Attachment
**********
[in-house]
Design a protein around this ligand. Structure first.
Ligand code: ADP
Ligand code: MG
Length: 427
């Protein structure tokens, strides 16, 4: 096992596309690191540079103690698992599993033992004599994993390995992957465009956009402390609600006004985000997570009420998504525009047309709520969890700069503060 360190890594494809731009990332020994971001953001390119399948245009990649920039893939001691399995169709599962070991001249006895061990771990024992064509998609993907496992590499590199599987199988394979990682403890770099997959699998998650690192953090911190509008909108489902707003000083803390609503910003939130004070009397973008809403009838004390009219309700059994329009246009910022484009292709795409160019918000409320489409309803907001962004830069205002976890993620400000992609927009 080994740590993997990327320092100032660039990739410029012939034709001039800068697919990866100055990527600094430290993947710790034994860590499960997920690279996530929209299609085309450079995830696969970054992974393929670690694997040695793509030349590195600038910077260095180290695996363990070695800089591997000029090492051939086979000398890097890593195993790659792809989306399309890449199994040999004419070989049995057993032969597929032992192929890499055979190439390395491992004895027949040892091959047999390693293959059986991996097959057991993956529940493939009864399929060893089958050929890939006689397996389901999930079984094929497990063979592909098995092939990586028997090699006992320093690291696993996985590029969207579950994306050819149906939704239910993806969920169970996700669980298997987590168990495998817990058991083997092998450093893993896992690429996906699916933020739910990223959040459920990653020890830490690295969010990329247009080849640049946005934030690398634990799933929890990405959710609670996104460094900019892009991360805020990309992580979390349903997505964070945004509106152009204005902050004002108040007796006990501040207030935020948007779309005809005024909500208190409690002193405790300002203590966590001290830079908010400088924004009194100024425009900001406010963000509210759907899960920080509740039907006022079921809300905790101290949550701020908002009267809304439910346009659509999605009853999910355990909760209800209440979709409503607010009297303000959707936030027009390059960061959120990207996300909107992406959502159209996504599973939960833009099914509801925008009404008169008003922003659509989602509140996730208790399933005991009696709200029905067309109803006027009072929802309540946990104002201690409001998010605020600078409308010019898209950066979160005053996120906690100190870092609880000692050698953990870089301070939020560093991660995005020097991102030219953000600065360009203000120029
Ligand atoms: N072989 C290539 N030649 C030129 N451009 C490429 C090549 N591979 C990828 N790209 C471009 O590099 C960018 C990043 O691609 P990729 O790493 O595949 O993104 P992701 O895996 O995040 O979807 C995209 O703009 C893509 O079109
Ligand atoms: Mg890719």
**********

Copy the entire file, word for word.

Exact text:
[in-house]
Design a protein around this ligand. Structure first.
Ligand code: ADP
Ligand code: MG
Length: 427
């Protein structure tokens, strides 16, 4: 096992596309690191540079103690698992599993033992004599994993390995992957465009956009402390609600006004985000997570009420998504525009047309709520969890700069503060 360190890594494809731009990332020994971001953001390119399948245009990649920039893939001691399995169709599962070991001249006895061990771990024992064509998609993907496992590499590199599987199988394979990682403890770099997959699998998650690192953090911190509008909108489902707003000083803390609503910003939130004070009397973008809403009838004390009219309700059994329009246009910022484009292709795409160019918000409320489409309803907001962004830069205002976890993620400000992609927009 080994740590993997990327320092100032660039990739410029012939034709001039800068697919990866100055990527600094430290993947710790034994860590499960997920690279996530929209299609085309450079995830696969970054992974393929670690694997040695793509030349590195600038910077260095180290695996363990070695800089591997000029090492051939086979000398890097890593195993790659792809989306399309890449199994040999004419070989049995057993032969597929032992192929890499055979190439390395491992004895027949040892091959047999390693293959059986991996097959057991993956529940493939009864399929060893089958050929890939006689397996389901999930079984094929497990063979592909098995092939990586028997090699006992320093690291696993996985590029969207579950994306050819149906939704239910993806969920169970996700669980298997987590168990495998817990058991083997092998450093893993896992690429996906699916933020739910990223959040459920990653020890830490690295969010990329247009080849640049946005934030690398634990799933929890990405959710609670996104460094900019892009991360805020990309992580979390349903997505964070945004509106152009204005902050004002108040007796006990501040207030935020948007779309005809005024909500208190409690002193405790300002203590966590001290830079908010400088924004009194100024425009900001406010963000509210759907899960920080509740039907006022079921809300905790101290949550701020908002009267809304439910346009659509999605009853999910355990909760209800209440979709409503607010009297303000959707936030027009390059960061959120990207996300909107992406959502159209996504599973939960833009099914509801925008009404008169008003922003659509989602509140996730208790399933005991009696709200029905067309109803006027009072929802309540946990104002201690409001998010605020600078409308010019898209950066979160005053996120906690100190870092609880000692050698953990870089301070939020560093991660995005020097991102030219953000600065360009203000120029
Ligand atoms: N072989 C290539 N030649 C030129 N451009 C490429 C090549 N591979 C990828 N790209 C471009 O590099 C960018 C990043 O691609 P990729 O790493 O595949 O993104 P992701 O895996 O995040 O979807 C995209 O703009 C893509 O079109
Ligand atoms: Mg890719």